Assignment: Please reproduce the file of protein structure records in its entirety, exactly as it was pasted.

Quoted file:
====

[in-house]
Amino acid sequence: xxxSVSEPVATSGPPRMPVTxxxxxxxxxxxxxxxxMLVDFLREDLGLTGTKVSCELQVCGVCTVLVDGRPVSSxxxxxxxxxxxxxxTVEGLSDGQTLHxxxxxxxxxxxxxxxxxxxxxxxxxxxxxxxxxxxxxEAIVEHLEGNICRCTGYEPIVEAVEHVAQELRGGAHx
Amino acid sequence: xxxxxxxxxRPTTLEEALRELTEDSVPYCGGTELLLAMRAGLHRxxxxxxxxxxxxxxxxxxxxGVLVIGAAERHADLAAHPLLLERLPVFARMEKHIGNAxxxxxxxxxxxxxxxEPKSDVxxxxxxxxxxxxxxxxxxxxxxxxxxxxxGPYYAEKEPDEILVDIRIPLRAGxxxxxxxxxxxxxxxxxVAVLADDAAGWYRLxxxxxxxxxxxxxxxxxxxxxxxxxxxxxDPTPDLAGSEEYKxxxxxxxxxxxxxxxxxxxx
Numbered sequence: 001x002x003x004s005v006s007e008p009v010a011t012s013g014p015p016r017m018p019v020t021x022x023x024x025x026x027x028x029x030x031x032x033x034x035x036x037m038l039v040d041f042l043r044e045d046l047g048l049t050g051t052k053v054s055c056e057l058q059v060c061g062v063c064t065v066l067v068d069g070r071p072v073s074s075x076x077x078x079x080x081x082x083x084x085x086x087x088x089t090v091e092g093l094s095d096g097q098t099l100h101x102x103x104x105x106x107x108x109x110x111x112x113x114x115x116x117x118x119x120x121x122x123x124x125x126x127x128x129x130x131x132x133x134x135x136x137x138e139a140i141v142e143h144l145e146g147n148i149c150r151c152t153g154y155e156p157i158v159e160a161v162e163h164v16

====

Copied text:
[in-house]
Amino acid sequence: xxxSVSEPVATSGPPRMPVTxxxxxxxxxxxxxxxxMLVDFLREDLGLTGTKVSCELQVCGVCTVLVDGRPVSSxxxxxxxxxxxxxxTVEGLSDGQTLHxxxxxxxxxxxxxxxxxxxxxxxxxxxxxxxxxxxxxEAIVEHLEGNICRCTGYEPIVEAVEHVAQELRGGAHx
Amino acid sequence: xxxxxxxxxRPTTLEEALRELTEDSVPYCGGTELLLAMRAGLHRxxxxxxxxxxxxxxxxxxxxGVLVIGAAERHADLAAHPLLLERLPVFARMEKHIGNAxxxxxxxxxxxxxxxEPKSDVxxxxxxxxxxxxxxxxxxxxxxxxxxxxxGPYYAEKEPDEILVDIRIPLRAGxxxxxxxxxxxxxxxxxVAVLADDAAGWYRLxxxxxxxxxxxxxxxxxxxxxxxxxxxxxDPTPDLAGSEEYKxxxxxxxxxxxxxxxxxxxx
Numbered sequence: 001x002x003x004s005v006s007e008p009v010a011t012s013g014p015p016r017m018p019v020t021x022x023x024x025x026x027x028x029x030x031x032x033x034x035x036x037m038l039v040d041f042l043r044e045d046l047g048l049t050g051t052k053v054s055c056e057l058q059v060c061g062v063c064t065v066l067v068d069g070r071p072v073s074s075x076x077x078x079x080x081x082x083x084x085x086x087x088x089t090v091e092g093l094s095d096g097q098t099l100h101x102x103x104x105x106x107x108x109x110x111x112x113x114x115x116x117x118x119x120x121x122x123x124x125x126x127x128x129x130x131x132x133x134x135x136x137x138e139a140i141v142e143h144l145e146g147n148i149c150r151c152t153g154y155e156p157i158v159e160a161v162e163h164v16